The Identity Crisis of the German Left: A Report from Berlin

The Identity Crisis of the German Left: A Report from Berlin

The year 1999 will be second in significance only to 1989 in the history of postwar German politics. The transition from Bonn to Berlin as the country’s capital was completed this year, and the Euro was inaugurated during a German presidency of the European Union. The year marks the tenth anniversary of the fall of the Berlin Wall and the fiftieth anniversary of the Federal Republic. It also marks NATO’s fiftieth birthday, which took place during its first shooting war—a war that has included the first German military action since the fall of Nazism. All this has happened on the watch of the first national “Red-Green” (Social Democratic-Green Party) governing coalition.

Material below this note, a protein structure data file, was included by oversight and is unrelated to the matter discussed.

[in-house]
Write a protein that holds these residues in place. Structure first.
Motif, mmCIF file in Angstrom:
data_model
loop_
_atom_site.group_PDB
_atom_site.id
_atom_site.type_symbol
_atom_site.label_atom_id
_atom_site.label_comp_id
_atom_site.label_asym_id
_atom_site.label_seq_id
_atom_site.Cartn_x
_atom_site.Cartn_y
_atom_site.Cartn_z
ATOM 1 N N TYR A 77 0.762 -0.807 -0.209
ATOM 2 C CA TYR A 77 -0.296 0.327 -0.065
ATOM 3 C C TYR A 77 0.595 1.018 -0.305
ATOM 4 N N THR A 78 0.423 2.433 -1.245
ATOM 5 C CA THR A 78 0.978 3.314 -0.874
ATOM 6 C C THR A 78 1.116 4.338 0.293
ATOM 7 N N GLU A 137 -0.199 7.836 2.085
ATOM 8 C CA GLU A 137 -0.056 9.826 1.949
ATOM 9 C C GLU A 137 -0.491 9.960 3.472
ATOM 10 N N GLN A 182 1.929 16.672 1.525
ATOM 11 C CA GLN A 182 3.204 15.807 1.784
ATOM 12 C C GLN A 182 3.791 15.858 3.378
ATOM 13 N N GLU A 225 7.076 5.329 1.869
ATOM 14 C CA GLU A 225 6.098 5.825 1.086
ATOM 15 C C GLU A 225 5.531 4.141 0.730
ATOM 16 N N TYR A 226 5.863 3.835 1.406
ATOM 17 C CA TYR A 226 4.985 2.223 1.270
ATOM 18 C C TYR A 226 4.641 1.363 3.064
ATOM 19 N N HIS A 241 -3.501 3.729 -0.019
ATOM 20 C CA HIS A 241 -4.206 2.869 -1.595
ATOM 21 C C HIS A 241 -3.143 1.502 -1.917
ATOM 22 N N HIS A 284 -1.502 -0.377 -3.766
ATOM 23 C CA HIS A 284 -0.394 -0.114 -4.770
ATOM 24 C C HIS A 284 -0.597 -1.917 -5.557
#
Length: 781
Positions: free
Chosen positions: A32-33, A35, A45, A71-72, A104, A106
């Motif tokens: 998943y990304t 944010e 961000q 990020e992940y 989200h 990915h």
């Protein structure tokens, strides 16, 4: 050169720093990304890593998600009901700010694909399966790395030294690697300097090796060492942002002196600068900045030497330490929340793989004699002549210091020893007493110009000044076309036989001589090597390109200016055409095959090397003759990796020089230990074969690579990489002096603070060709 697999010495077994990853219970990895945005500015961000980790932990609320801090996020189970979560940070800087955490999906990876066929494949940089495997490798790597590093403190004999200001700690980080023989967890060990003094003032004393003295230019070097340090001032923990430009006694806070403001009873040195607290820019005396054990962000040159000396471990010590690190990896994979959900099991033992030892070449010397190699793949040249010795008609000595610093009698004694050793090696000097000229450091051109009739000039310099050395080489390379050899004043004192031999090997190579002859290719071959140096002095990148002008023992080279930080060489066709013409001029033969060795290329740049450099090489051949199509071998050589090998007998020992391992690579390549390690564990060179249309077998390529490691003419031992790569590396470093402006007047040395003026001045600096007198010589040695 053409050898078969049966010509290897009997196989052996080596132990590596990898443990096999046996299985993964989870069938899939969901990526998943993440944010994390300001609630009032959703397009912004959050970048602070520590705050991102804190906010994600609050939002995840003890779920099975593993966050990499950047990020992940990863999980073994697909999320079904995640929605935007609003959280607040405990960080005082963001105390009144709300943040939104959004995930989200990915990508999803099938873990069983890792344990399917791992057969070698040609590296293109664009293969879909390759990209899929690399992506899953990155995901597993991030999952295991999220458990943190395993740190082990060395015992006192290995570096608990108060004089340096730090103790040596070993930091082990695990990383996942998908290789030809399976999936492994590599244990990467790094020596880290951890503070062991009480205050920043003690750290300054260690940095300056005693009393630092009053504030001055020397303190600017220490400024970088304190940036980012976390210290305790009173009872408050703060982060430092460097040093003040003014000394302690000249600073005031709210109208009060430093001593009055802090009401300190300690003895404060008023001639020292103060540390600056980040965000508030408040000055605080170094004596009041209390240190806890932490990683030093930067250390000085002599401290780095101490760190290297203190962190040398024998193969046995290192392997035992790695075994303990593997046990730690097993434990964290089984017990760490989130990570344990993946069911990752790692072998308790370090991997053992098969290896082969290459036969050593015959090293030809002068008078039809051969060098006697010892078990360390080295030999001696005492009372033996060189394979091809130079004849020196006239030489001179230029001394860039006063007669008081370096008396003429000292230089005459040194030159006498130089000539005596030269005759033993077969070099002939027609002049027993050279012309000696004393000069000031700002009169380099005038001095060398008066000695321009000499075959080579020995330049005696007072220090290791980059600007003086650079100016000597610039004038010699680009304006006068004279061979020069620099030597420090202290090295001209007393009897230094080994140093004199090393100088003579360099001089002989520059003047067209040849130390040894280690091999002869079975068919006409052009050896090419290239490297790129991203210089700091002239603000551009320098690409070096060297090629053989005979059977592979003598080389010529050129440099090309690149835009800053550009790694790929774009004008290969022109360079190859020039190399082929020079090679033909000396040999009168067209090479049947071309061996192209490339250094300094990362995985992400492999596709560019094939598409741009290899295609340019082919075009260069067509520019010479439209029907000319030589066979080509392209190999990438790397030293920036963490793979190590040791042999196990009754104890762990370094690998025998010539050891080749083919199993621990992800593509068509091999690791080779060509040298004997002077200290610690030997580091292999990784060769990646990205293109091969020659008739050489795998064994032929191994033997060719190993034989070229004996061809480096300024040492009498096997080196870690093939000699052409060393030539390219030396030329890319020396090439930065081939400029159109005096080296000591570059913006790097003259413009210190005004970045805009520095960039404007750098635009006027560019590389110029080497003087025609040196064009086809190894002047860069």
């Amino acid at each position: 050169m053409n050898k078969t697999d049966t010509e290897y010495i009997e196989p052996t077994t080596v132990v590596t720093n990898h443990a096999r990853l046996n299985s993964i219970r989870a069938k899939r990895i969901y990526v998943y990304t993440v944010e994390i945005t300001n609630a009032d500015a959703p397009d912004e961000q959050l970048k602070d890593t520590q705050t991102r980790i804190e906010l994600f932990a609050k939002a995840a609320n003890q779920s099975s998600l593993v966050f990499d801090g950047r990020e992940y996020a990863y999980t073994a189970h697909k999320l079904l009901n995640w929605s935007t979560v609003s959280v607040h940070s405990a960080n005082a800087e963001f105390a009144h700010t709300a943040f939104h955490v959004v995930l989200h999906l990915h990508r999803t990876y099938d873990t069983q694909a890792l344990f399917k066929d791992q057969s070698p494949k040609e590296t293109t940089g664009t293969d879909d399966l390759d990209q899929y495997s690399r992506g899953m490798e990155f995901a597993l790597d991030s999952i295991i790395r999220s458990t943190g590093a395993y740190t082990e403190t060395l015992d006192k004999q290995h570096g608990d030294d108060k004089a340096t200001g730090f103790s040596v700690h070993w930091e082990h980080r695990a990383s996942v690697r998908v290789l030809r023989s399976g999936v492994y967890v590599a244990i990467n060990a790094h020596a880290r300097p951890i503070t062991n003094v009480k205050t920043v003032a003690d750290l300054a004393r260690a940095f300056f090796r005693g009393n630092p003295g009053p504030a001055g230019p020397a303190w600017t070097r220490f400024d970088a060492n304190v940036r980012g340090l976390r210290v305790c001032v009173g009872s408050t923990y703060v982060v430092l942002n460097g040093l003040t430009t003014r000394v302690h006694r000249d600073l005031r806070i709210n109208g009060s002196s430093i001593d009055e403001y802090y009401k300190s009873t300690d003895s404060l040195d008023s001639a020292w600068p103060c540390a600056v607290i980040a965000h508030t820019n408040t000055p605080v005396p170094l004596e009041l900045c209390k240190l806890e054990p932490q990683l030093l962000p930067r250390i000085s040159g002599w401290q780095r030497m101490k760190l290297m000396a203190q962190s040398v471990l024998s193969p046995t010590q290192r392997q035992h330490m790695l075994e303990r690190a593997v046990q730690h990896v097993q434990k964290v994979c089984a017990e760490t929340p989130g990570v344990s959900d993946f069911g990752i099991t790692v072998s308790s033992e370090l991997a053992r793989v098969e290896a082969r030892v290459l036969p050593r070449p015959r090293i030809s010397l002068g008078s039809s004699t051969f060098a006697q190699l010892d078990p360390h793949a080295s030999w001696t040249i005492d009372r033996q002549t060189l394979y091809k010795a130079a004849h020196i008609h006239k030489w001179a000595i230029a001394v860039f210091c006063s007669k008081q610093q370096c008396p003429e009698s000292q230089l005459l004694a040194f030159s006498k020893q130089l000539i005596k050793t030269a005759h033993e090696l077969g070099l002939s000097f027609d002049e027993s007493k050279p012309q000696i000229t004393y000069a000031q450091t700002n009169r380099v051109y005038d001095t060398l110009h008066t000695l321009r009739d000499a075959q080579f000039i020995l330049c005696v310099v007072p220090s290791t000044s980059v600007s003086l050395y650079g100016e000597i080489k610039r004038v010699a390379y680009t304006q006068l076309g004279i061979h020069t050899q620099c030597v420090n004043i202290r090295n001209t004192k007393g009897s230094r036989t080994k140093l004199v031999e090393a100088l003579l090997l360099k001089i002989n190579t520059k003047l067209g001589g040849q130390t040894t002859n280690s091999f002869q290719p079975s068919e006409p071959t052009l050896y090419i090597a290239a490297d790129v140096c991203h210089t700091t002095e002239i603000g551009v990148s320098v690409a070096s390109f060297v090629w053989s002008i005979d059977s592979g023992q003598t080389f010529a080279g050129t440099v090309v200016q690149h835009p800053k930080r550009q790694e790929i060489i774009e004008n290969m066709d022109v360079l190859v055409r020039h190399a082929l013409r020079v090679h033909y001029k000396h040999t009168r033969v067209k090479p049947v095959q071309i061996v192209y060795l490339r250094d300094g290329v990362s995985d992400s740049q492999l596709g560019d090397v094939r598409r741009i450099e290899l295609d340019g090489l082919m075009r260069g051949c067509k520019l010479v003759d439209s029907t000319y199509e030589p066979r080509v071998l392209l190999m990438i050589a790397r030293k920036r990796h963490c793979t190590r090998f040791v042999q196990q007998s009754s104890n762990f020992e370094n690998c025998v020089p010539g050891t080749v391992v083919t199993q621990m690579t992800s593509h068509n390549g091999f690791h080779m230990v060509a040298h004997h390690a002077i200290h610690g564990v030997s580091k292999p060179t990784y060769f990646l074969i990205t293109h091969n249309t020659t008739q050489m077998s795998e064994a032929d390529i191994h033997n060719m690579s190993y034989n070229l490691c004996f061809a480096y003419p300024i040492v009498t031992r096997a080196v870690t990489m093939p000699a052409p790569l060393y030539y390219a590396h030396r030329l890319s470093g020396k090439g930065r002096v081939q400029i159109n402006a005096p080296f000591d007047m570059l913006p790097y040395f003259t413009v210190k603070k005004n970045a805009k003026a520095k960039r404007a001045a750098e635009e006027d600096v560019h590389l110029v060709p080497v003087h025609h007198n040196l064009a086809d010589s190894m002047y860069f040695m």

Unlike previous governments in the Federal Republic of Germany, this coalition came to power through a significant shift in the voters’ political preferences. Until the 1998 elections, change took place through postelection jockeying by the three main parties, in particular the small, whimsical Free Democrats, who switched their support from the conservative Christian Democrats to the progressive Social Democrats and back again. This time, however, after sixteen years of Chancellor Helmut Kohl, voters clearly wanted something new.

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